Yesterday afternoon I got an email from my friends at the Pesticide Action Network with the best piece of GMO-labeling news yet – Congress in the state of Vermont passed the very first GMO-labeling bill with no strings attached!
If you’re wondering why I used the words “with no strings attached”, there is a specific reason.
This is because Maine and Connecticut previously passed their own GMO-labeling bills but each of those had trigger clauses. So, they won’t go into effect unless other neighboring states pass their own laws as well.
With the Vermont bill, there is no trigger clause, which is very significant, and the start date of this GMO-labeling policy will be July 1, 2016.
NOT A DONE DEAL…..YET
While some people may believe that Vermont has already passed a GMO-labeling bill, that is not entirely correct.
The bill still must be signed by Governor Peter Shumlin, which he is expected to do. If he doesn’t sign it within the next five days, the bill will go into effect.
If the opposition somehow gets him to change his mind and he vetoes the bill, both the state House and Senate will need to override his veto with a 2/3rds majority. (Here’s a flow chart on that decision-making process).
WHERE ARE WE NOW?
Here are the key points to understand in terms of where we are now.
* Without question, the opposition (Monsanto, Big Ag, and the Grocery Manufacturers Association) will sue the state of Vermont to overturn this bill, assuming that it becomes law.
In anticipation of this lawsuit, the state has set aside a small fund to pay for litigation costs.
* There are approximately two dozen other states that are trying to pass their own GMO-labeling bills. While there is much work to be done, new developments in two key states, New York and California, took place very recently.
* For the opposition, it has now gotten very serious. Why?
Assuming the Vermont law goes through, for the first time ever there is a hard deadline (July 1, 2016) for GMO-labeling in at least one state.
If you combine this with (1) the progress that other states are making, and (2) the fact that Vermont’s bill also makes it illegal to describe any food product containing GMOs as “natural” or “all natural”, relying on the state-level strategy for the opposition has started to fail.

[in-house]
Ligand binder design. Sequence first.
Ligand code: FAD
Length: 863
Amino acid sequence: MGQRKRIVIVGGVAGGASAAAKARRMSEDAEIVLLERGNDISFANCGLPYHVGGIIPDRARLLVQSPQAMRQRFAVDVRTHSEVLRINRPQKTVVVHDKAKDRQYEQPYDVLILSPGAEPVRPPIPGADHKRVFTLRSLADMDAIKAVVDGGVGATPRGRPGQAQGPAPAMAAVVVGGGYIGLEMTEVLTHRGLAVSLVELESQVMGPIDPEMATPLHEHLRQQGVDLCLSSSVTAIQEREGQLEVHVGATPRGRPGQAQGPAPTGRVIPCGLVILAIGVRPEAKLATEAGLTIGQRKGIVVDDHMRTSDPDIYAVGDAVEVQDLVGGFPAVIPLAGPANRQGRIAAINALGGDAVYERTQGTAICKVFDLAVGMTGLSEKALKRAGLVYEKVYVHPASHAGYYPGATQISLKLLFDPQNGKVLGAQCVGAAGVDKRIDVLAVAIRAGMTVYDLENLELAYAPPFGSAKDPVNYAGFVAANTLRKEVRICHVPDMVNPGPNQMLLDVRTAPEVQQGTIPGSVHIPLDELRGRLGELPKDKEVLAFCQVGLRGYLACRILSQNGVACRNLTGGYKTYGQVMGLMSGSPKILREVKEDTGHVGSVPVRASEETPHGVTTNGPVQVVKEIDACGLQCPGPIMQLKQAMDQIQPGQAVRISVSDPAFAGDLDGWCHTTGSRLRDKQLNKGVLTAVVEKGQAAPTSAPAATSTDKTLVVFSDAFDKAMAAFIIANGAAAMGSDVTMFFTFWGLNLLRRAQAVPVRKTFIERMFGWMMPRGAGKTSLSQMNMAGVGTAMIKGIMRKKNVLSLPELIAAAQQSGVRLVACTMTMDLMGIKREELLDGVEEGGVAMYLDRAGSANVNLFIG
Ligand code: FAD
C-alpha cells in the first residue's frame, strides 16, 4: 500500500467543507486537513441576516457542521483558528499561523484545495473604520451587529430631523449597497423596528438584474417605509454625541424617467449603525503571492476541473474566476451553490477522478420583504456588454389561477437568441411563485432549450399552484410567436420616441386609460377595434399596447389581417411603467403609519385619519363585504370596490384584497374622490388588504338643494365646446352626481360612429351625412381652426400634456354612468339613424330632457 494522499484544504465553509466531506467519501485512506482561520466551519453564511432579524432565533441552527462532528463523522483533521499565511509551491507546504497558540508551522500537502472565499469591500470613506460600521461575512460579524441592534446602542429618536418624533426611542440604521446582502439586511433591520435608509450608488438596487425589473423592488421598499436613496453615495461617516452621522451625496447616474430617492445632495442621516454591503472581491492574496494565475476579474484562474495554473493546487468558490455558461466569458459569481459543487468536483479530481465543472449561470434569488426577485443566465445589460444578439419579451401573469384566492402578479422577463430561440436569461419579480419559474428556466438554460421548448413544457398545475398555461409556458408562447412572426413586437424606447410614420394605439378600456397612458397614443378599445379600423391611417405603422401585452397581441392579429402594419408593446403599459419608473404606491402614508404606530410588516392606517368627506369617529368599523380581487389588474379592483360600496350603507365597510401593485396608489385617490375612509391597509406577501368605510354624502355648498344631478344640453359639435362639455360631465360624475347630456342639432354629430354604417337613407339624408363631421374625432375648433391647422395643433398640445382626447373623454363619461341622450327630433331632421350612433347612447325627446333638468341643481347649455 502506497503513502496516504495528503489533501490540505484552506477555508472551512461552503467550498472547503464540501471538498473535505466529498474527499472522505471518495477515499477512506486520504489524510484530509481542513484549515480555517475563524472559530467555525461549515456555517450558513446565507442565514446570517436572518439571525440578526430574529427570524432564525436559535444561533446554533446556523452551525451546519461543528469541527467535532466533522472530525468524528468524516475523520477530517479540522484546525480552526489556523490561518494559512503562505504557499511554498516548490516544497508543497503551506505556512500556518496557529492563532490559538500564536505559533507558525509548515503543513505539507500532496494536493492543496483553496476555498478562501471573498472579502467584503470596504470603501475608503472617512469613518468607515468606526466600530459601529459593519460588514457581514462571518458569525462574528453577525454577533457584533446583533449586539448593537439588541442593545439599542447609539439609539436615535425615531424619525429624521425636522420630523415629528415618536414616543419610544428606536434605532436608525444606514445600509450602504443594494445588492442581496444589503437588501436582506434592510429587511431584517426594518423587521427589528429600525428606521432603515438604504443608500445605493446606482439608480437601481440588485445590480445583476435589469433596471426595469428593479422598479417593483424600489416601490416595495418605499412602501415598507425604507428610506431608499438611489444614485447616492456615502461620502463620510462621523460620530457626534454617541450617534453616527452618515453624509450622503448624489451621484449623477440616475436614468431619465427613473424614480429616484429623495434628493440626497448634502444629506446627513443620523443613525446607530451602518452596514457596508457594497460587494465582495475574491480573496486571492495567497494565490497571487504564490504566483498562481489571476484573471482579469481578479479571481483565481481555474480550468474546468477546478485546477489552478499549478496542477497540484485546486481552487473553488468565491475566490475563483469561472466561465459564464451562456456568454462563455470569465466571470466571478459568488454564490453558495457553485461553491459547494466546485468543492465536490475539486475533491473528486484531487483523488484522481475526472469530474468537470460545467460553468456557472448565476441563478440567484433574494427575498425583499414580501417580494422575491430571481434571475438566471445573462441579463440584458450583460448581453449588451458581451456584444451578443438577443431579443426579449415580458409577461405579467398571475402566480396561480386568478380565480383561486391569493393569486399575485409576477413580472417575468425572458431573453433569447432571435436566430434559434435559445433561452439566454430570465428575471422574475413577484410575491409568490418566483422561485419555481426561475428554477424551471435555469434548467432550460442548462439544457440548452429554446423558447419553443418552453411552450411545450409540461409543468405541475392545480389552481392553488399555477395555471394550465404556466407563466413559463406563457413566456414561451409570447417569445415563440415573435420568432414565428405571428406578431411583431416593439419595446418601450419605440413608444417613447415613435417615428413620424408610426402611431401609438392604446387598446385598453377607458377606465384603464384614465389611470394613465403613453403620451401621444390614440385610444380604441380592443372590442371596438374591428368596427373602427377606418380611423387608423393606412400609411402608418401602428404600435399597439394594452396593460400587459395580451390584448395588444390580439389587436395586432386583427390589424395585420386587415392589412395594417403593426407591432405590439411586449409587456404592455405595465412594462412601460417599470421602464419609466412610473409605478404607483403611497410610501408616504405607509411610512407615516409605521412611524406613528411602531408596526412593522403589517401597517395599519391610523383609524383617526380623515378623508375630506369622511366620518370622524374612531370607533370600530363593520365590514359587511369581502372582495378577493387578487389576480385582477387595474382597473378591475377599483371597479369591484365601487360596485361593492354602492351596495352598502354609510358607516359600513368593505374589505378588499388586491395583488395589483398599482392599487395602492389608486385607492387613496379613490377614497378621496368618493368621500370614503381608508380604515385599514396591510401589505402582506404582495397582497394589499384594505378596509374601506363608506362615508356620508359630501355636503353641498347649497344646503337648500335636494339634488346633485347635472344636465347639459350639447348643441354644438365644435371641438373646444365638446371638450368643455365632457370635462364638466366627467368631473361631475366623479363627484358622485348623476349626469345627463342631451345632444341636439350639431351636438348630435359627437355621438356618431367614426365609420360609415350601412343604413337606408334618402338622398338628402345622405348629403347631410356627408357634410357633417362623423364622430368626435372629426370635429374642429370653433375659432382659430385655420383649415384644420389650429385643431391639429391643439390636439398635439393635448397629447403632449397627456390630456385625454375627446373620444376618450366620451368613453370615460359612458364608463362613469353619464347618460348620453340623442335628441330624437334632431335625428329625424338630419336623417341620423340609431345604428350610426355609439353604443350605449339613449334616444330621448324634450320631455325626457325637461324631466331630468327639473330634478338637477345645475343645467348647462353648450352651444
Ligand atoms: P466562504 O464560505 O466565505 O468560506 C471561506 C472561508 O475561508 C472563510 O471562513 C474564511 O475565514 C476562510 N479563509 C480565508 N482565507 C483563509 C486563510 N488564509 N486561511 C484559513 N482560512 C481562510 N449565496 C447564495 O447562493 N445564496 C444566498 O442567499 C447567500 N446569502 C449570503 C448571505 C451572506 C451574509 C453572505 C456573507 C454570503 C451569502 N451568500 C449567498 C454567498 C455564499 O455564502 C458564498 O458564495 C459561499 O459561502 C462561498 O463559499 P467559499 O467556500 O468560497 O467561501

THE OMINOUS ALTERNATIVES
That is why the opposition will dramatically ramp up the pressure against GMO-labeling on the federal and international level, places where they can use their influence out of the public eye. Since time is now against them, their lobbying will become even more aggressive and potent.
In the U.S., the vehicle that the opposition will use is something ironically called the “Safe and Accurate Food Labeling Act”. Organic advocates more truthfully refer to it as the “Deny Americans the Right-to-Know Act (DARK Act)”. (For more details about the DARK Act, please see my post about it from the other day.)
This shameful piece of legislation would:
* Prevent states from adopting their own GE-labeling laws.
* Block any attempt by states to make it illegal for food companies to put a “natural” label on products that contain genetically-engineered ingredients.
* Prevent the Food and Drug Administration from requiring companies to label genetically-engineered ingredients and instead continue a failed “voluntary” labeling policy.
If you haven’t done so already, please contact your elected politicians in Washington D.C. and demand that they reject the Safe and Accurate Food Labeling Act – HR 4432.
You can do so by:
1) Calling them directly.
Click HERE to find your Senators.
Click HERE to find your Representatives.
2) Sign e-petitions.
For the Center for Food Safety, click HERE.
For the Just Label It campaign, click HERE.
On the international level, the opposition will now purse with even greater vigor two secret trade agreements called the Trans-Pacific Partnership (TPP) and the Transatlantic Trade and Investment Partnership (TTIP). Not surprisingly, President Obama is seeking fast-track approval for both of these, thereby preventing Congress and the public from thoroughly assessing the agreements and expressing concerns.
Among other things, the TPP would prevent countries from labeling GMOs and the TTIP would lessen the EU’s existing GMO laws.
Additionally, the TPP would allow a corporation to sue federal, state and local governments if it believes that a law or regulation will negatively impact its bottom line. How insane is that!
Click HERE to read GMO Inside’s excellent synopsis of both the TPP and TTIP.
Click HERE to sign Food & Water Watch’s e-petition against the TPP.
Needless to say, this fight is entering a very critical stage, and the opposition will do anything it can to prevent American consumers from knowing what is in their food.
I have no doubt that we can make GMO-labeling a reality, but it will require the participation of every single one of us. Please share this article with your network, and thank you so very much for your continued support.
Before I go, I want to give a huge shout-out to the citizens of Vermont. Awesome job, and we are all very grateful!!!